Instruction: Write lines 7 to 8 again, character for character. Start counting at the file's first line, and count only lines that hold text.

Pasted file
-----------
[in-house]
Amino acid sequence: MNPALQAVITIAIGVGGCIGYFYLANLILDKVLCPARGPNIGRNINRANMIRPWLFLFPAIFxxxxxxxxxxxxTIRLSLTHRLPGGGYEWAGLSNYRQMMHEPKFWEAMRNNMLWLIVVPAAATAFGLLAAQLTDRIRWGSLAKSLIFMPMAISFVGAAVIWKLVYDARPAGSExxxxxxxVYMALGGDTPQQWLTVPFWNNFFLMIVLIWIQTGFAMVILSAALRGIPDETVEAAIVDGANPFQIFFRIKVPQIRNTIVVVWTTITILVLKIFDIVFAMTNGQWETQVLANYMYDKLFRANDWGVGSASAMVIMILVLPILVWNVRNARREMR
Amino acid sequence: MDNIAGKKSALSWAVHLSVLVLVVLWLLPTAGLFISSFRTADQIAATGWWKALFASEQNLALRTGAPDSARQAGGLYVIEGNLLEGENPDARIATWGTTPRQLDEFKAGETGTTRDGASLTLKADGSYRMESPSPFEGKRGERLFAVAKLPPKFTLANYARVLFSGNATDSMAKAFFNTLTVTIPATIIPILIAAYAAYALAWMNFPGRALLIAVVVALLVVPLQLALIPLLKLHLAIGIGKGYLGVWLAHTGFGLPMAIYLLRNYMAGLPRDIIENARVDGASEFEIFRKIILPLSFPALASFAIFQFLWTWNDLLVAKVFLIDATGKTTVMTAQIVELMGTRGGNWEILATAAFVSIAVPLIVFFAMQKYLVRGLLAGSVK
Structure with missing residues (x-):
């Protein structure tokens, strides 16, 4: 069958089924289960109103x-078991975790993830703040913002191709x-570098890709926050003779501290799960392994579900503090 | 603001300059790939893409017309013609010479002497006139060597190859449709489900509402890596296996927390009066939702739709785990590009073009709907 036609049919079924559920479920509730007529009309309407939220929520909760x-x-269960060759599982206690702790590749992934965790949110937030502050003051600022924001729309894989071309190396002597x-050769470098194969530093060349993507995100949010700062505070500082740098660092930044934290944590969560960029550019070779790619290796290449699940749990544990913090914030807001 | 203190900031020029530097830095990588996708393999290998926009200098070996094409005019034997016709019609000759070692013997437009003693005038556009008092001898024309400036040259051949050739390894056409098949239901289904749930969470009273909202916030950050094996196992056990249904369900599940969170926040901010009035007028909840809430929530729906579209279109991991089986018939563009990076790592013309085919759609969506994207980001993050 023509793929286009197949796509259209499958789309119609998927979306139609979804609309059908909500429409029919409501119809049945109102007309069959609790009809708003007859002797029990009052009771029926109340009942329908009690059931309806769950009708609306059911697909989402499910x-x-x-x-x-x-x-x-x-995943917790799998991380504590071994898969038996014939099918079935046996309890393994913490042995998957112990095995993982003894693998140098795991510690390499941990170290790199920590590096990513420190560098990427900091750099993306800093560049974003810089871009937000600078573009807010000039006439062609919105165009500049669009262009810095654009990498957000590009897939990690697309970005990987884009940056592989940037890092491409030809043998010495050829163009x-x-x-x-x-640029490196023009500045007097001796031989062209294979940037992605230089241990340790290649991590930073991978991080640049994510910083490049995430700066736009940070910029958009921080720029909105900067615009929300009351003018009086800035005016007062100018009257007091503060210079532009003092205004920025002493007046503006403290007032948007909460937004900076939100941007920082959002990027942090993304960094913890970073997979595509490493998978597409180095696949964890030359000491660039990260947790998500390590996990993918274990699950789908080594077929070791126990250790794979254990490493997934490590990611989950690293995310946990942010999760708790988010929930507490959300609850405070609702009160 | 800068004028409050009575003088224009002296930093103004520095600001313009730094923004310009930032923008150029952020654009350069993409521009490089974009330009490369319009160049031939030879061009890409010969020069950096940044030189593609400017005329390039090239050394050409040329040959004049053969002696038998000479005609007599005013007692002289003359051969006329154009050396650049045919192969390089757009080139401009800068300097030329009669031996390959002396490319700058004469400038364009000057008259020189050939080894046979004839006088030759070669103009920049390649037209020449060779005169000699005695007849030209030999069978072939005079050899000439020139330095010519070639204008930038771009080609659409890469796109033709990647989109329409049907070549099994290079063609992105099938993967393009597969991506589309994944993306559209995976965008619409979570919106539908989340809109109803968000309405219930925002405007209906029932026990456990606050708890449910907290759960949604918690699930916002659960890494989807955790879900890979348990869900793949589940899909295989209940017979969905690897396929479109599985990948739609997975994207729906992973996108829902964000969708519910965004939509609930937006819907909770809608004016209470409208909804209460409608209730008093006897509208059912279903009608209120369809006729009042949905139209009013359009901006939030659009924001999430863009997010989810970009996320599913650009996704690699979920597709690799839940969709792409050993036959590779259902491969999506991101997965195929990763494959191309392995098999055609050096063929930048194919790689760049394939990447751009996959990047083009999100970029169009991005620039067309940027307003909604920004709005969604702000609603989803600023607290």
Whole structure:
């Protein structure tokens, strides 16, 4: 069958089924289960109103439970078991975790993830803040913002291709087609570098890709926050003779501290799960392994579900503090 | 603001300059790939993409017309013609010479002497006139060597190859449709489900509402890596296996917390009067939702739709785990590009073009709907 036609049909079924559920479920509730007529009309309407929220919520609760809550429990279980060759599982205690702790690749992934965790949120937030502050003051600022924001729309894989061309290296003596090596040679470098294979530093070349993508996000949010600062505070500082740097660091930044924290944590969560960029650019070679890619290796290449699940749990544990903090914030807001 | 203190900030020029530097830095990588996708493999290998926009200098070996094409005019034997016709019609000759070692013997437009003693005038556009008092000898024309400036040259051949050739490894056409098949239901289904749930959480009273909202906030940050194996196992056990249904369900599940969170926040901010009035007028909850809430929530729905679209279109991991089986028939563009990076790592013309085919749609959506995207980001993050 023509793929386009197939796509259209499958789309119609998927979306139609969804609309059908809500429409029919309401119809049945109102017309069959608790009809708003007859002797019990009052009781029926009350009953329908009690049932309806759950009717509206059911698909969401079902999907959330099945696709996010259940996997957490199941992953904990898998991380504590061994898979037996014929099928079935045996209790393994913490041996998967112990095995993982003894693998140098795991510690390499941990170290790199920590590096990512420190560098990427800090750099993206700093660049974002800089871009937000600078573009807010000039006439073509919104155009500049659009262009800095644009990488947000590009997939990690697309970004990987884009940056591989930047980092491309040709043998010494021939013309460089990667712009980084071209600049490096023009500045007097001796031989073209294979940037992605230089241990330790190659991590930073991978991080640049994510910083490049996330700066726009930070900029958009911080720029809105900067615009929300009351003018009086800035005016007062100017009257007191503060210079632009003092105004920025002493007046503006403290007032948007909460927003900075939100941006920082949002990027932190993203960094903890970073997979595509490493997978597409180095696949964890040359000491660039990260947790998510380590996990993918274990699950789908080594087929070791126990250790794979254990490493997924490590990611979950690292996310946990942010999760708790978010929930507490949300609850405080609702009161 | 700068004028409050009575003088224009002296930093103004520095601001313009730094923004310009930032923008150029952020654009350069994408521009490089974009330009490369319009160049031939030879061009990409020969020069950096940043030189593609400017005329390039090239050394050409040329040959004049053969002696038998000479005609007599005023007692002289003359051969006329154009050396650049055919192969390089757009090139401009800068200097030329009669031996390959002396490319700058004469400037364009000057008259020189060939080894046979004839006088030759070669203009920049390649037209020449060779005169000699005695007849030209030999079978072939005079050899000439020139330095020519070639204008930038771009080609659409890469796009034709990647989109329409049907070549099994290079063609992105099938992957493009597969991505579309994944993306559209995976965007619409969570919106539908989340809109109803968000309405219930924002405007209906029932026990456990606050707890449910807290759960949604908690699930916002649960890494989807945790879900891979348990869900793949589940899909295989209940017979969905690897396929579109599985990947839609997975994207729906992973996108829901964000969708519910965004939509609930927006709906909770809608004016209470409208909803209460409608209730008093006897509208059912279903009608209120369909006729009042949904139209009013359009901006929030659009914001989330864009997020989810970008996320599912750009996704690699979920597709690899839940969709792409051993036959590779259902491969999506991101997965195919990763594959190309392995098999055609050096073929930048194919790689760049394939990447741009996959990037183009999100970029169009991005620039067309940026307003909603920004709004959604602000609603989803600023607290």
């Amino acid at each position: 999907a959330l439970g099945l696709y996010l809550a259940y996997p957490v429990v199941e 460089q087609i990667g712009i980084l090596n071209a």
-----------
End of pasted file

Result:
């Protein structure tokens, strides 16, 4: 069958089924289960109103439970078991975790993830803040913002291709087609570098890709926050003779501290799960392994579900503090 | 603001300059790939993409017309013609010479002497006139060597190859449709489900509402890596296996917390009067939702739709785990590009073009709907 036609049909079924559920479920509730007529009309309407929220919520609760809550429990279980060759599982205690702790690749992934965790949120937030502050003051600022924001729309894989061309290296003596090596040679470098294979530093070349993508996000949010600062505070500082740097660091930044924290944590969560960029650019070679890619290796290449699940749990544990903090914030807001 | 203190900030020029530097830095990588996708493999290998926009200098070996094409005019034997016709019609000759070692013997437009003693005038556009008092000898024309400036040259051949050739490894056409098949239901289904749930959480009273909202906030940050194996196992056990249904369900599940969170926040901010009035007028909850809430929530729905679209279109991991089986028939563009990076790592013309085919749609959506995207980001993050 023509793929386009197939796509259209499958789309119609998927979306139609969804609309059908809500429409029919309401119809049945109102017309069959608790009809708003007859002797019990009052009781029926009350009953329908009690049932309806759950009717509206059911698909969401079902999907959330099945696709996010259940996997957490199941992953904990898998991380504590061994898979037996014929099928079935045996209790393994913490041996998967112990095995993982003894693998140098795991510690390499941990170290790199920590590096990512420190560098990427800090750099993206700093660049974002800089871009937000600078573009807010000039006439073509919104155009500049659009262009800095644009990488947000590009997939990690697309970004990987884009940056591989930047980092491309040709043998010494021939013309460089990667712009980084071209600049490096023009500045007097001796031989073209294979940037992605230089241990330790190659991590930073991978991080640049994510910083490049996330700066726009930070900029958009911080720029809105900067615009929300009351003018009086800035005016007062100017009257007191503060210079632009003092105004920025002493007046503006403290007032948007909460927003900075939100941006920082949002990027932190993203960094903890970073997979595509490493997978597409180095696949964890040359000491660039990260947790998510380590996990993918274990699950789908080594087929070791126990250790794979254990490493997924490590990611979950690292996310946990942010999760708790978010929930507490949300609850405080609702009161 | 700068004028409050009575003088224009002296930093103004520095601001313009730094923004310009930032923008150029952020654009350069994408521009490089974009330009490369319009160049031939030879061009990409020969020069950096940043030189593609400017005329390039090239050394050409040329040959004049053969002696038998000479005609007599005023007692002289003359051969006329154009050396650049055919192969390089757009090139401009800068200097030329009669031996390959002396490319700058004469400037364009000057008259020189060939080894046979004839006088030759070669203009920049390649037209020449060779005169000699005695007849030209030999079978072939005079050899000439020139330095020519070639204008930038771009080609659409890469796009034709990647989109329409049907070549099994290079063609992105099938992957493009597969991505579309994944993306559209995976965007619409969570919106539908989340809109109803968000309405219930924002405007209906029932026990456990606050707890449910807290759960949604908690699930916002649960890494989807945790879900891979348990869900793949589940899909295989209940017979969905690897396929579109599985990947839609997975994207729906992973996108829901964000969708519910965004939509609930927006709906909770809608004016209470409208909803209460409608209730008093006897509208059912279903009608209120369909006729009042949904139209009013359009901006929030659009914001989330864009997020989810970008996320599912750009996704690699979920597709690899839940969709792409051993036959590779259902491969999506991101997965195919990763594959190309392995098999055609050096073929930048194919790689760049394939990447741009996959990037183009999100970029169009991005620039067309940026307003909603920004709004959604602000609603989803600023607290």
């Amino acid at each position: 999907a959330l439970g099945l696709y996010l809550a259940y996997p957490v429990v199941e 460089q087609i990667g712009i980084l090596n071209a």